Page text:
While planning our trip to Malaysia, I stumbled on information and pictures of the Cameron Highlands. I knew it was somewhere we had to visit. It was also conveniently located between Kuala Lumpur and Penang, our other two stops. Perfect: I thought…Read More
While planning our trip to Malaysia, I stumbled on information and pictures of the Cameron Highlands. I knew it was somewhere we had to visit. It was also conveniently located between Kuala Lumpur and Penang, our other two stops. Perfect: I thought one night in the Cameron Highlands would be an easy way to break up a long trip. A little online research made me doubt this assumption.Most of the websites I checked out made it seem as though the only way in or out was with a rental car. The intercity bus services that connected the Cameron Highlands were talked of disparagingly. This is not the case! Our bus from Kuala Lumpur was comfortable and efficient, dropping us at the bus station in Tanah Rata. I wasn't sure how we were going to get from there to our hotel in Brinchang, two towns away but I was optimistic that a taxi could be had. Sure enough, there was a line of taxis waiting to pick up everyone disembarking. We went with the most agressively friendly driver to approach us. A good choice as it turns out. While driving us to the hotel, he offered to give us a three hour taxi tour for the equivalent of about $20US. He took us to all the most popular attractions, and provided us with some very interesting local narration. We visited the Boh tea plantation, the rose garden, honey bee farm, and we even stopped at a fruit stand on the side of the road to try malaysian fruits, including the king of them all: the durian. Three hours, as it turns out was plenty of time to hit the highlights and even eat some cake and drink delicious Boh tea at the plantation.Later that same night we took advantage of the hotel shuttle to the town of Brinchang where we ate some amazing steamboat (a Cameron Highlands specialty originially from China, featuring meat, seafood and lots of fresh vegetables cooked in a tasty broth right at your table), we also strolled through the night market, regretting we'd eated too much dinner to sample any of the street food on offer.The next morning our same taxi driver picked us up and dropped us back at the bus station. Our bus to Penang was also clean and comfortable, there was even a movie with English subtitles to break up the time.All in all, the Cameron Highlands is a world-class beautiful place to spend some time and it's very doable, even without a car. Definitely worth a stop! Close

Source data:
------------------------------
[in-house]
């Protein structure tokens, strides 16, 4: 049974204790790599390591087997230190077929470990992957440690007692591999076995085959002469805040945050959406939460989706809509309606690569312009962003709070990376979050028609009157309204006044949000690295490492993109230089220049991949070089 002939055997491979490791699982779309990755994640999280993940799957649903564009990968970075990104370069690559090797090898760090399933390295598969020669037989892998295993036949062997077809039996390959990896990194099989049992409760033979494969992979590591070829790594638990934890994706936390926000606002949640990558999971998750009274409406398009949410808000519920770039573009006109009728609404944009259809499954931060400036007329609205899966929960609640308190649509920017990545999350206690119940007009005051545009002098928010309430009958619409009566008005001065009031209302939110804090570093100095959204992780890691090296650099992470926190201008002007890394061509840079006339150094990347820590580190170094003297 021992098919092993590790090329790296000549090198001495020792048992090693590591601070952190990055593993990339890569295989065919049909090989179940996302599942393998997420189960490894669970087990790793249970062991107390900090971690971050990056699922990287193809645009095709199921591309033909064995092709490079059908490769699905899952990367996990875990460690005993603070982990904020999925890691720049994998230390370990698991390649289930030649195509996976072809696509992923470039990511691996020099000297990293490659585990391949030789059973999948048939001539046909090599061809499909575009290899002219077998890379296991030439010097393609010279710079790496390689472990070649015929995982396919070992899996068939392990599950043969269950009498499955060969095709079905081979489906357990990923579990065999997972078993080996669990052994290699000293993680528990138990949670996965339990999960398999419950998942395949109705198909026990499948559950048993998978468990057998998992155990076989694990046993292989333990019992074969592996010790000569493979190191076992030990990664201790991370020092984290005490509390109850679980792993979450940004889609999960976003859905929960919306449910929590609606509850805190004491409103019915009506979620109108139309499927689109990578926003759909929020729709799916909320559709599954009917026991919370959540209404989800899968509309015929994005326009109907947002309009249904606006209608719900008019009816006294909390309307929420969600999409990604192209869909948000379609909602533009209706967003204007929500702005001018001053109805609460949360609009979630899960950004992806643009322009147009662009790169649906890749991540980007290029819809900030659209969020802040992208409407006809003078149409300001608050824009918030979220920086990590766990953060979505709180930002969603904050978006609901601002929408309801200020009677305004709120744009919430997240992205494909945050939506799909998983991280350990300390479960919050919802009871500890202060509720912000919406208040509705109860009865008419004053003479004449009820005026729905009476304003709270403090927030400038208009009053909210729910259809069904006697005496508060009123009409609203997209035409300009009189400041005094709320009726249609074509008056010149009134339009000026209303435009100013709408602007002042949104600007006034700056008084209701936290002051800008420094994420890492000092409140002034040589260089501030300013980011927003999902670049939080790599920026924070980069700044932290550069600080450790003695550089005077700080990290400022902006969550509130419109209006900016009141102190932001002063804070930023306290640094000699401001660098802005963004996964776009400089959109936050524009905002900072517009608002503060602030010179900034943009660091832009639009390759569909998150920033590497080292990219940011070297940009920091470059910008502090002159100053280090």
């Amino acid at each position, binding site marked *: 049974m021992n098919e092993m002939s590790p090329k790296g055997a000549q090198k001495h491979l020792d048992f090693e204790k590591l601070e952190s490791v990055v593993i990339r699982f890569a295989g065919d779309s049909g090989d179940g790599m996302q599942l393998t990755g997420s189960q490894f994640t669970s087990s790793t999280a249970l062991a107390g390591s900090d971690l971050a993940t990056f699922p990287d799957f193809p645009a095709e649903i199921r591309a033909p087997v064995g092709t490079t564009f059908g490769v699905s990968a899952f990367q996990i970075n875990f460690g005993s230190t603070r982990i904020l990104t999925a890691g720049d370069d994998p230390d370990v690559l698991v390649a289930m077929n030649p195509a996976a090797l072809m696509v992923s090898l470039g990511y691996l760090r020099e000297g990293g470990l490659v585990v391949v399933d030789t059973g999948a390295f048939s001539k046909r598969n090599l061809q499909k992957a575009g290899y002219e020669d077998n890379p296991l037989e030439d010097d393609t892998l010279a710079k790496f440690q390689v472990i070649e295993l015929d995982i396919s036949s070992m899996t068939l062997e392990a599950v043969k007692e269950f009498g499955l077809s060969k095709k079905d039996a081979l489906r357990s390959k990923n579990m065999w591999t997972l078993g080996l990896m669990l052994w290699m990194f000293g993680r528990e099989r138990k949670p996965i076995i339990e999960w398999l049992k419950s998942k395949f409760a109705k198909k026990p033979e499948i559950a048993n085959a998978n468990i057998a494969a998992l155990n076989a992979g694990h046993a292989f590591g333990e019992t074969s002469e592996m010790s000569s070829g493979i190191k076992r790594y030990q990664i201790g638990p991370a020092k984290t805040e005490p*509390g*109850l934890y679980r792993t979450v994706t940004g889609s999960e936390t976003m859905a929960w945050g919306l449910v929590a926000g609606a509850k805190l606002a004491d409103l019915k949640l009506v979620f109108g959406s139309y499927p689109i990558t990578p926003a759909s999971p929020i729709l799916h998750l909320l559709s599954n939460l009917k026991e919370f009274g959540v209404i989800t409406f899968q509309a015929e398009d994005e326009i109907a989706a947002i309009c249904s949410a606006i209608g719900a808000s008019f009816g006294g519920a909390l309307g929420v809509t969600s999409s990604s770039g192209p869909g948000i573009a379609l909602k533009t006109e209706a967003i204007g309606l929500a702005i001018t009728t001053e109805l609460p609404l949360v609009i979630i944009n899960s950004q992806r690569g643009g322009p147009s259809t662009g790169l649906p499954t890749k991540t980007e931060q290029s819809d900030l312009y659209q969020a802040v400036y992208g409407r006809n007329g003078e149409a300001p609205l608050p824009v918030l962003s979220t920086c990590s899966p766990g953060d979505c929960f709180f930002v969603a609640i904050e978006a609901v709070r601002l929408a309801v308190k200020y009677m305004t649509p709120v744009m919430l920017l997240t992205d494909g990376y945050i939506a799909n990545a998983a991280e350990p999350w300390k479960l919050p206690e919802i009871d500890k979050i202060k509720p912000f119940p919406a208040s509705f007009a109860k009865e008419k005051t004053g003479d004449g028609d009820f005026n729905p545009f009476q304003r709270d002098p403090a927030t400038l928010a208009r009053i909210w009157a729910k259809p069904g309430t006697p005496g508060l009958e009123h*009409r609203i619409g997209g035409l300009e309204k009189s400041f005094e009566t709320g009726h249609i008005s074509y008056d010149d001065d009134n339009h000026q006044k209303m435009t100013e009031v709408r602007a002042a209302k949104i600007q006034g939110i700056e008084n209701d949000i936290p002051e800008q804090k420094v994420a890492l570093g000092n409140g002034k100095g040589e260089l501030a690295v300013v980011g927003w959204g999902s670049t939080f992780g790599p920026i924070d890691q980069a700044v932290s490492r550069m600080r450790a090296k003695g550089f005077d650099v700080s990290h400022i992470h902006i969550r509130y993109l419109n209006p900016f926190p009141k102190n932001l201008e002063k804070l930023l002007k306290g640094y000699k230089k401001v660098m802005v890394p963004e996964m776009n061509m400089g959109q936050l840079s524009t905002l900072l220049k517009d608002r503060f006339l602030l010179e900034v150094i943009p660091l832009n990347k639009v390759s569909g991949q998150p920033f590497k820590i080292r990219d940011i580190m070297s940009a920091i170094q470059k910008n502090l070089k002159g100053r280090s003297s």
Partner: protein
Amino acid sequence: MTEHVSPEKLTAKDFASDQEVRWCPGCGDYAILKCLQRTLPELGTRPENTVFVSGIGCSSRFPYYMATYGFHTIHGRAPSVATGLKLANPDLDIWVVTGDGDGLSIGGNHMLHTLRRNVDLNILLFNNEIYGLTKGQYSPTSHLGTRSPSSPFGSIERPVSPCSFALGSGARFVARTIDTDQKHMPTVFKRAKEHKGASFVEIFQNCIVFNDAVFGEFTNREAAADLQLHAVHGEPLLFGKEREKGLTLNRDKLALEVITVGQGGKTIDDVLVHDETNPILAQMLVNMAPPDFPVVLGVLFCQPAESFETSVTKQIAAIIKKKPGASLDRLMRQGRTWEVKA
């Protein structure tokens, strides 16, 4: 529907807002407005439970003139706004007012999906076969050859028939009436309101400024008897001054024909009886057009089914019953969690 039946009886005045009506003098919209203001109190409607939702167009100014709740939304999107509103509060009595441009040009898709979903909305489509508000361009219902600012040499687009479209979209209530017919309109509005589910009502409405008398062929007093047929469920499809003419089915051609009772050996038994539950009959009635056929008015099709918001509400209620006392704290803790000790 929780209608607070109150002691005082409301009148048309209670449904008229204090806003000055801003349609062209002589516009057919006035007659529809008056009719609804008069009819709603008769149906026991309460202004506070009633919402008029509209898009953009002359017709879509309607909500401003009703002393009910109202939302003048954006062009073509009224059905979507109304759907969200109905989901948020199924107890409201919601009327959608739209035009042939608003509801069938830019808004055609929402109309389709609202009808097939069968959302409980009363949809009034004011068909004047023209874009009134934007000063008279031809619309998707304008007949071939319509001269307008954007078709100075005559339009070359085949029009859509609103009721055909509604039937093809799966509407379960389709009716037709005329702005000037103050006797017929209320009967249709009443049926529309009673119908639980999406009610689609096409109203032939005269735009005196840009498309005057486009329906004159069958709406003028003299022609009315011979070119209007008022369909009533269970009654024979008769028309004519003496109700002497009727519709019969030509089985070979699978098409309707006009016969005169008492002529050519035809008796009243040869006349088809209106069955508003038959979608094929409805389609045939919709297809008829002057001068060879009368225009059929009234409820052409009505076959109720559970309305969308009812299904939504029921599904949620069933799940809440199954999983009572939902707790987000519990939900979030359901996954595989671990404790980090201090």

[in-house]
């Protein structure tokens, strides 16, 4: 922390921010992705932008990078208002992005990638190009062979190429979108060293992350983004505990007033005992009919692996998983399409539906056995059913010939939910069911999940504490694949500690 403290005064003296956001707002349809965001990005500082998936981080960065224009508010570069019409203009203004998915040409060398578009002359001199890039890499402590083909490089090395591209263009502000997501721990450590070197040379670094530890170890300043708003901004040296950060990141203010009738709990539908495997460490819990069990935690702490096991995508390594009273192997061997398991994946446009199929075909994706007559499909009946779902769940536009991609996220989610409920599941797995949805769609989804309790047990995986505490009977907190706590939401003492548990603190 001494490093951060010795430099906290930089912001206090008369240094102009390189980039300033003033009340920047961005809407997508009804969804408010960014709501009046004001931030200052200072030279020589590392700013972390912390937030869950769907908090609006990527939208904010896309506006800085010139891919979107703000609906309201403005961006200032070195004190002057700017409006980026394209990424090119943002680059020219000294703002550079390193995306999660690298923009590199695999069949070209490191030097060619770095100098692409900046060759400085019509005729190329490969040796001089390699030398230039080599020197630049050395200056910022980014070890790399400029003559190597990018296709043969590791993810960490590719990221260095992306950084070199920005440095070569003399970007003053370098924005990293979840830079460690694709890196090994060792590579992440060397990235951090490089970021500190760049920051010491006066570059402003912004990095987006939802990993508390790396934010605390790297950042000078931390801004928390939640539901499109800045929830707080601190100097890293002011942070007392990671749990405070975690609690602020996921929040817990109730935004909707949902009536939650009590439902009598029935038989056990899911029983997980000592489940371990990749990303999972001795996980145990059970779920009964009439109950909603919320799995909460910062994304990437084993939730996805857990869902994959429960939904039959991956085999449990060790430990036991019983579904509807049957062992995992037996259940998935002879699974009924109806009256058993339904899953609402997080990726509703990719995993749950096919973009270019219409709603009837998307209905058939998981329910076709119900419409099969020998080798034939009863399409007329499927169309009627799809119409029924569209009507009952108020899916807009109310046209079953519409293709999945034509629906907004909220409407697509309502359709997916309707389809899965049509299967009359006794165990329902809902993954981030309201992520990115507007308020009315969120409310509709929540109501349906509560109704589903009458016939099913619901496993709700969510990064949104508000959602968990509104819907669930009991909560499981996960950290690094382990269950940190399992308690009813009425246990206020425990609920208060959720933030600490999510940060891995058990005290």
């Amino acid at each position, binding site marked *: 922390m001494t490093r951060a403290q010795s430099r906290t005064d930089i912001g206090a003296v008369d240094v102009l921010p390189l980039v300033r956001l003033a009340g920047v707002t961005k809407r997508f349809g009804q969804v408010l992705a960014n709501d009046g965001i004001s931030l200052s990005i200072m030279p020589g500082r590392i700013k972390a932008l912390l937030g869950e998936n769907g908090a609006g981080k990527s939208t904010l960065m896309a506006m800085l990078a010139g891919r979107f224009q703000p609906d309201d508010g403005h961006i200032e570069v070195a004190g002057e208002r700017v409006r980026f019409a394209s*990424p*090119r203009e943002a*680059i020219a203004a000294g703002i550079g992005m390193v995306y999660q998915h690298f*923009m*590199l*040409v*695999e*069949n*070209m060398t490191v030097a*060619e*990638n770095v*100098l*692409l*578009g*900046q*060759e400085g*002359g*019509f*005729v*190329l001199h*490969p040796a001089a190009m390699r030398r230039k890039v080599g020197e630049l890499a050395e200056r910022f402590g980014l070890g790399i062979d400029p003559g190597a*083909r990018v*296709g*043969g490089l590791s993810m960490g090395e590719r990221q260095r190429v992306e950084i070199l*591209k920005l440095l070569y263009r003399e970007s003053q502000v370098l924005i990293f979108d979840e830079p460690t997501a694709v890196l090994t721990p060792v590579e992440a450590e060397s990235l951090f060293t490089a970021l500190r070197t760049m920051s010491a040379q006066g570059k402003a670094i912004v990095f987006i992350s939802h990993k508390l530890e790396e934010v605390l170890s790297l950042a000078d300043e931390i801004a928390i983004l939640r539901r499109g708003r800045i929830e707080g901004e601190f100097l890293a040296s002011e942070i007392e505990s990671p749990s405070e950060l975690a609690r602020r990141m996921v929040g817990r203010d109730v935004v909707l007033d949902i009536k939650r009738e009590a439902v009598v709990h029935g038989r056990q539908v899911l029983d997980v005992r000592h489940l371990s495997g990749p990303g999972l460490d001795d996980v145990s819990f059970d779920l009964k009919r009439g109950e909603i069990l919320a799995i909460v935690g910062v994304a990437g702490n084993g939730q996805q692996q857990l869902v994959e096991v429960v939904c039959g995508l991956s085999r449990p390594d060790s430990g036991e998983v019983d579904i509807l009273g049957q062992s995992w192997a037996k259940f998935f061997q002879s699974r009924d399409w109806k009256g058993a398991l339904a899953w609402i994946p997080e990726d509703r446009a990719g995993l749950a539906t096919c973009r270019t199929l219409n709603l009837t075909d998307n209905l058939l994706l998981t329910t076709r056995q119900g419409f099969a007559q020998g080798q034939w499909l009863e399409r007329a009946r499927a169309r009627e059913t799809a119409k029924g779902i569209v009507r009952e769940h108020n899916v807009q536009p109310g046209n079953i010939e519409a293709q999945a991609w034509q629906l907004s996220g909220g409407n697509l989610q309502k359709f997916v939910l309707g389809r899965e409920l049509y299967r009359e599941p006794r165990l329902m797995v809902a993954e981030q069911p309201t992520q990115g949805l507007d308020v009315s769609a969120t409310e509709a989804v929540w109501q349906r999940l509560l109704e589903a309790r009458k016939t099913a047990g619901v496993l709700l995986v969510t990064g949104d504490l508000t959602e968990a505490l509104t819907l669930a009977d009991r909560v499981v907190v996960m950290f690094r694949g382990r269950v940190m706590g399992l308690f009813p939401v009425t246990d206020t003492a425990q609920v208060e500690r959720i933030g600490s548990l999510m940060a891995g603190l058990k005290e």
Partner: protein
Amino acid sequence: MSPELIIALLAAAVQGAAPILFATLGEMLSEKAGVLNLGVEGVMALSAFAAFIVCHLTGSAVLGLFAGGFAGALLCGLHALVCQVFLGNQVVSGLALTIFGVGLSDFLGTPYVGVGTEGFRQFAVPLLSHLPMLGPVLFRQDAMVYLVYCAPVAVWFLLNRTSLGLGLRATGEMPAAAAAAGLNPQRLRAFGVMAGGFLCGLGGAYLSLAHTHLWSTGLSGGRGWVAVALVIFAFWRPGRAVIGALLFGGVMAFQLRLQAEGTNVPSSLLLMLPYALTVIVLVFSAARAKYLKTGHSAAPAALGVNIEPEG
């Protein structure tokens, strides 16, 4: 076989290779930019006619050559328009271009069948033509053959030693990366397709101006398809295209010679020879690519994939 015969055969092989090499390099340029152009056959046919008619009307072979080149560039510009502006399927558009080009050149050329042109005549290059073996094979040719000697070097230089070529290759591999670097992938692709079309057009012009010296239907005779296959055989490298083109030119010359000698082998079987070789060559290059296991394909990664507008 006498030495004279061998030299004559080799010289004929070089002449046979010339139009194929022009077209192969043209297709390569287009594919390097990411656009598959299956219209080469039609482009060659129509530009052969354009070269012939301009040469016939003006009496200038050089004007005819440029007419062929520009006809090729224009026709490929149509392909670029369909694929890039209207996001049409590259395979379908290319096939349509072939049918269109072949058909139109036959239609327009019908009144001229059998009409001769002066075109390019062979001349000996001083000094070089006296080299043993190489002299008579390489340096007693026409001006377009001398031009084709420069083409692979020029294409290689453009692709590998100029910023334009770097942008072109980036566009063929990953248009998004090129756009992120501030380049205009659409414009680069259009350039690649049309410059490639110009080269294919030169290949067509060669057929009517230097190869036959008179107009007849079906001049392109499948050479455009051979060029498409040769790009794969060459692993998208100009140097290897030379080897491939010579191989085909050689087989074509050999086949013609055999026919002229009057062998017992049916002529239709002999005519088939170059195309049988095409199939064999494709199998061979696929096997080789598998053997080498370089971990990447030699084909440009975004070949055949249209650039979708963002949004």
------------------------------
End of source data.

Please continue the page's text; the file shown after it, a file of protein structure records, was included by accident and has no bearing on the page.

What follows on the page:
Written by koshkha on 26 Sep, 2009
In the late 1990s I was in Kuala Lumpur for a trade show just before Easter. I'd learned to dive about 6 months earlier and, having gone all the way to Malaysia, I wanted to get my fins wet again.The Easter break meant I could…Read More